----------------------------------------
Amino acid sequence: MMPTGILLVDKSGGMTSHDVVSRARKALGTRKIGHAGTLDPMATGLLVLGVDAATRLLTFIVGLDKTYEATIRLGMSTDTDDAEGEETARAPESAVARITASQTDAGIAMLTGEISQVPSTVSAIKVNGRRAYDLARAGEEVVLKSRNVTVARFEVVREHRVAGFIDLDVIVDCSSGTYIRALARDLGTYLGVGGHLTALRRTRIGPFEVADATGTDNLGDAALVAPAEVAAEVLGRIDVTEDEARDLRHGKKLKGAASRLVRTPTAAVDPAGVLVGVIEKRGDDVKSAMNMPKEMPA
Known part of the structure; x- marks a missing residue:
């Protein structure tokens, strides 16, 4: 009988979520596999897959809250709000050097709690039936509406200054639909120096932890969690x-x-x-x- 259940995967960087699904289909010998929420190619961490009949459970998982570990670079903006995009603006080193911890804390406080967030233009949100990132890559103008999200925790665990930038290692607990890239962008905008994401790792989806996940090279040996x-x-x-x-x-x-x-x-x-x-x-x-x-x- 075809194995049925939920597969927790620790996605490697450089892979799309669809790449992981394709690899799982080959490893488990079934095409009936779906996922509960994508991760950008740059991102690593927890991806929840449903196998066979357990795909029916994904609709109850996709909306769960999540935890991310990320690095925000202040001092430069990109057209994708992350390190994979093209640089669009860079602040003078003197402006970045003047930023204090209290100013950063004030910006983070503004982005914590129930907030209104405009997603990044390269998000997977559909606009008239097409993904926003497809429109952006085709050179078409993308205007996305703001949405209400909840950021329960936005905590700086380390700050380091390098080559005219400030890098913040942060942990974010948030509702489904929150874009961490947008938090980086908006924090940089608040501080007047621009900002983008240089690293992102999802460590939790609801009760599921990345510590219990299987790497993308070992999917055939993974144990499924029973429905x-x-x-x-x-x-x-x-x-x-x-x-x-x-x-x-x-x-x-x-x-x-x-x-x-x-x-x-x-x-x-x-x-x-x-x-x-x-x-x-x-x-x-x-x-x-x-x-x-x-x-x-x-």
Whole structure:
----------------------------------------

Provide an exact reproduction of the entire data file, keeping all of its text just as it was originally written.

Amino acid sequence: MMPTGILLVDKSGGMTSHDVVSRARKALGTRKIGHAGTLDPMATGLLVLGVDAATRLLTFIVGLDKTYEATIRLGMSTDTDDAEGEETARAPESAVARITASQTDAGIAMLTGEISQVPSTVSAIKVNGRRAYDLARAGEEVVLKSRNVTVARFEVVREHRVAGFIDLDVIVDCSSGTYIRALARDLGTYLGVGGHLTALRRTRIGPFEVADATGTDNLGDAALVAPAEVAAEVLGRIDVTEDEARDLRHGKKLKGAASRLVRTPTAAVDPAGVLVGVIEKRGDDVKSAMNMPKEMPA
Known part of the structure; x- marks a missing residue:
């Protein structure tokens, strides 16, 4: 009988979520596999897959809250709000050097709690039936509406200054639909120096932890969690x-x-x-x- 259940995967960087699904289909010998929420190619961490009949459970998982570990670079903006995009603006080193911890804390406080967030233009949100990132890559103008999200925790665990930038290692607990890239962008905008994401790792989806996940090279040996x-x-x-x-x-x-x-x-x-x-x-x-x-x- 075809194995049925939920597969927790620790996605490697450089892979799309669809790449992981394709690899799982080959490893488990079934095409009936779906996922509960994508991760950008740059991102690593927890991806929840449903196998066979357990795909029916994904609709109850996709909306769960999540935890991310990320690095925000202040001092430069990109057209994708992350390190994979093209640089669009860079602040003078003197402006970045003047930023204090209290100013950063004030910006983070503004982005914590129930907030209104405009997603990044390269998000997977559909606009008239097409993904926003497809429109952006085709050179078409993308205007996305703001949405209400909840950021329960936005905590700086380390700050380091390098080559005219400030890098913040942060942990974010948030509702489904929150874009961490947008938090980086908006924090940089608040501080007047621009900002983008240089690293992102999802460590939790609801009760599921990345510590219990299987790497993308070992999917055939993974144990499924029973429905x-x-x-x-x-x-x-x-x-x-x-x-x-x-x-x-x-x-x-x-x-x-x-x-x-x-x-x-x-x-x-x-x-x-x-x-x-x-x-x-x-x-x-x-x-x-x-x-x-x-x-x-x-």
Whole structure: